In the first peer-reviewed, scientific studies of their kind, U.S. plastic surgeons demonstrated how to successfully complete a full facial tissue transplantation from one human body to another, reports the March issue of Plastic and Reconstructive Surgery® (PRS), the official medical journal of the American Society of Plastic Surgeons (ASPS).
"For the first time, we have scientific data that takes us beyond traditional reconstructive techniques and partial facial transplantation," said ASPS President Bruce Cunningham, MD. "What we thought of as a possibility ?reconstructing the entire face of someone with a severe facial disfigurement, in one surgery, from one complete facial skin flap taken from a donor ?is no longer just theory, but will become an actuality."
"Through these particular studies we have determined that full facial tissue transplantation is a successful approach in helping patients horribly disfigured by burns, accidents and other trauma," said study lead author Maria Siemionow, MD, director of plastic surgery research at the Cleveland Clinic. "The transplantation of a facial tissue flap from one cadaver to another has allowed us to do the following: estimate the time it takes to perform this particular transplantation, perfect our technique and visually confirm that a facial tissue flap is a match when covering severe burns and other trauma."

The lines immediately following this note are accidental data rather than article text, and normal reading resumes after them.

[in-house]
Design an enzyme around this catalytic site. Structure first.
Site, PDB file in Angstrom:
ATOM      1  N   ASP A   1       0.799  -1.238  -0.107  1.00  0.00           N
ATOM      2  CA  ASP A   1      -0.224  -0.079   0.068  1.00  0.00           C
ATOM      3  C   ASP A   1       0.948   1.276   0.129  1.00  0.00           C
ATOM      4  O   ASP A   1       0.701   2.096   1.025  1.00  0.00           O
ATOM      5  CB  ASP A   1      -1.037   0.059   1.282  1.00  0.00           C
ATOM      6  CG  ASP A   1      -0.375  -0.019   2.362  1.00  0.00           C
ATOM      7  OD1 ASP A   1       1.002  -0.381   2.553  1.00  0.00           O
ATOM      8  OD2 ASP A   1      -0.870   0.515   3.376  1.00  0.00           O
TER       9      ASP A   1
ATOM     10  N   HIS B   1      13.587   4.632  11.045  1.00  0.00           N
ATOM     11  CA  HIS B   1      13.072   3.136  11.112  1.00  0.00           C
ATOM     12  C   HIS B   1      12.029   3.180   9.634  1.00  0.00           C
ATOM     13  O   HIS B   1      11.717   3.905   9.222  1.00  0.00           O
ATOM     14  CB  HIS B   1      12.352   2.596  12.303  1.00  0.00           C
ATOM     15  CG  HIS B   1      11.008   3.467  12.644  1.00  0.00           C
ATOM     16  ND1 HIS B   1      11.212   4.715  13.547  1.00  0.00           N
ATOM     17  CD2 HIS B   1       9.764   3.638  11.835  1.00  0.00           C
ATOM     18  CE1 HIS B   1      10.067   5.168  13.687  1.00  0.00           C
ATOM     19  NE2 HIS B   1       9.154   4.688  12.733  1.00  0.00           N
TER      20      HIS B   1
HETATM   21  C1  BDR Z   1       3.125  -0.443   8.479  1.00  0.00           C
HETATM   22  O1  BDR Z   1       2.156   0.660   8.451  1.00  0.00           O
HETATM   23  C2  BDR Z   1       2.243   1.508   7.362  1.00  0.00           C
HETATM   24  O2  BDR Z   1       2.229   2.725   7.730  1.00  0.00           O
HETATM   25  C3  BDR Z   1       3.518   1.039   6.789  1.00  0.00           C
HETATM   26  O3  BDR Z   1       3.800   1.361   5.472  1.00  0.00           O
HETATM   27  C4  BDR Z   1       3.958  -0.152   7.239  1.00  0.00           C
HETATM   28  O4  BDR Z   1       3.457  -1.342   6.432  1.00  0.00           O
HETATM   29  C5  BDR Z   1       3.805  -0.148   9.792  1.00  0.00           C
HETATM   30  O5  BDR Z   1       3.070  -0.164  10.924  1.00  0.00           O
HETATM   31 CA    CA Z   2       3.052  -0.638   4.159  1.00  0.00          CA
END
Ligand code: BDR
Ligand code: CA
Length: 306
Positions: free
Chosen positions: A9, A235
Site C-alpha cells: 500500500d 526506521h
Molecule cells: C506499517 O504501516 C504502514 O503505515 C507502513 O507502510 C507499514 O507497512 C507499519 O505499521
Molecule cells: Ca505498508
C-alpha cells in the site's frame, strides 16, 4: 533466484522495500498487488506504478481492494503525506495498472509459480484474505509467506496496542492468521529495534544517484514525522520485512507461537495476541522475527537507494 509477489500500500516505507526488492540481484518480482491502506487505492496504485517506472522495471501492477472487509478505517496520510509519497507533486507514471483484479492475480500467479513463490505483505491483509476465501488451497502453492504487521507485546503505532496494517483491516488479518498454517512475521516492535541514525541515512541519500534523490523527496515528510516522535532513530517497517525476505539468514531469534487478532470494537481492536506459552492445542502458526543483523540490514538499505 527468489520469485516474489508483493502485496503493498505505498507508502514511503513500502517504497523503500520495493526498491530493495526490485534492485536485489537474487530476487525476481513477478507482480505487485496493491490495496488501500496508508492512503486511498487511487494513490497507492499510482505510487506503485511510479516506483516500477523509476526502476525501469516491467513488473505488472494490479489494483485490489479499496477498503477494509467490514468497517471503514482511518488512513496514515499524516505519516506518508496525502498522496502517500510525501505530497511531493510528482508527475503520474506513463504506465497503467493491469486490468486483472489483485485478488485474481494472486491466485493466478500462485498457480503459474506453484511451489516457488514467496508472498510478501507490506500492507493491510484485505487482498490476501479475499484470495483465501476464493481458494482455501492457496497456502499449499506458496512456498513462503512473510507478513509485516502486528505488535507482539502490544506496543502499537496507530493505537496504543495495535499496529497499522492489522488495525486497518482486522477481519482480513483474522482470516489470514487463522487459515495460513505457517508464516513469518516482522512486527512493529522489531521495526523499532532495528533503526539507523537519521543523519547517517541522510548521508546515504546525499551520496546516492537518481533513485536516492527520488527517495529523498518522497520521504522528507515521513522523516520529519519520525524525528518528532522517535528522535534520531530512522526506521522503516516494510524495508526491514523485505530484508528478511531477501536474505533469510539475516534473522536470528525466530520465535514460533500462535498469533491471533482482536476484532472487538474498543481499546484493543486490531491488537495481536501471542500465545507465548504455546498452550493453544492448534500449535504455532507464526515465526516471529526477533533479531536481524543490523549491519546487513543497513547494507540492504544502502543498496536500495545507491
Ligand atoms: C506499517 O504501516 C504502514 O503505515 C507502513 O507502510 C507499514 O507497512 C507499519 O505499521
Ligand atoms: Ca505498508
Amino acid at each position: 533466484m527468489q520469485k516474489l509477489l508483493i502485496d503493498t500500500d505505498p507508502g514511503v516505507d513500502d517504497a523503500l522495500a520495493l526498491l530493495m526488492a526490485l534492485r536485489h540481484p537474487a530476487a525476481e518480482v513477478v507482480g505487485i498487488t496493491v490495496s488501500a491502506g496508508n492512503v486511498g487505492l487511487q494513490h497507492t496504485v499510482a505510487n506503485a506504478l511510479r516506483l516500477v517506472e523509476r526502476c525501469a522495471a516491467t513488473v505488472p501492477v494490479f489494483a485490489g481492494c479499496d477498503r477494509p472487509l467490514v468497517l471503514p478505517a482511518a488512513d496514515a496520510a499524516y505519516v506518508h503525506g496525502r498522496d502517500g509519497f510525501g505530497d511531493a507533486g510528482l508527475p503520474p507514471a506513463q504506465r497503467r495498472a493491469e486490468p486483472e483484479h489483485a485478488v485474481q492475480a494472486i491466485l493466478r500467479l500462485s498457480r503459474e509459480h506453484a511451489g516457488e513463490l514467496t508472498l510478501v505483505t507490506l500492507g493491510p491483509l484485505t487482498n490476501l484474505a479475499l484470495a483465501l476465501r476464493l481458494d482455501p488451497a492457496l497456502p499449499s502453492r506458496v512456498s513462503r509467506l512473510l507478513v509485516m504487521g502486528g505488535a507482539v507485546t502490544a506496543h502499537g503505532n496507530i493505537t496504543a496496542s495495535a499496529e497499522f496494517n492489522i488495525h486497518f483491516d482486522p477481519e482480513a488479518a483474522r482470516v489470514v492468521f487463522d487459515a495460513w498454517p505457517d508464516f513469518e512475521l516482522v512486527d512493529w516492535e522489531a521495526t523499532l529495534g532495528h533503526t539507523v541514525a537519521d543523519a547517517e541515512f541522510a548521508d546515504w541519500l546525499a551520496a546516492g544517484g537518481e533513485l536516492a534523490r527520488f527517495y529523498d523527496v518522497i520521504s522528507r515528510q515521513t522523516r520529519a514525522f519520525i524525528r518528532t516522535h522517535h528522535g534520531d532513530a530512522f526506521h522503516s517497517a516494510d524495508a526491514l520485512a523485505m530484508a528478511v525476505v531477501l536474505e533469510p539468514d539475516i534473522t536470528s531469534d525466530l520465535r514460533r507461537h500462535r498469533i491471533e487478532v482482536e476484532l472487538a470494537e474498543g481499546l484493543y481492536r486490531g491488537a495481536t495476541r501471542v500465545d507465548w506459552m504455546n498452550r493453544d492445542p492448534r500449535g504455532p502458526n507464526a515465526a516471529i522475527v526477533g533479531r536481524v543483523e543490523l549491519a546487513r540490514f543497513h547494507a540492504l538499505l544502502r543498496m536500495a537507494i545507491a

Although traditional methods for facial reconstruction, which include skin grafts and flaps, are reliable and effective techniques for reconstructing the face, they may not be ideal, according to the studies. It is nearly impossible to match the skin quality, texture and color of the face with any other tissue available on the body. In addition, it takes multiple grafts and
Source:American Society of Plastic Surgeons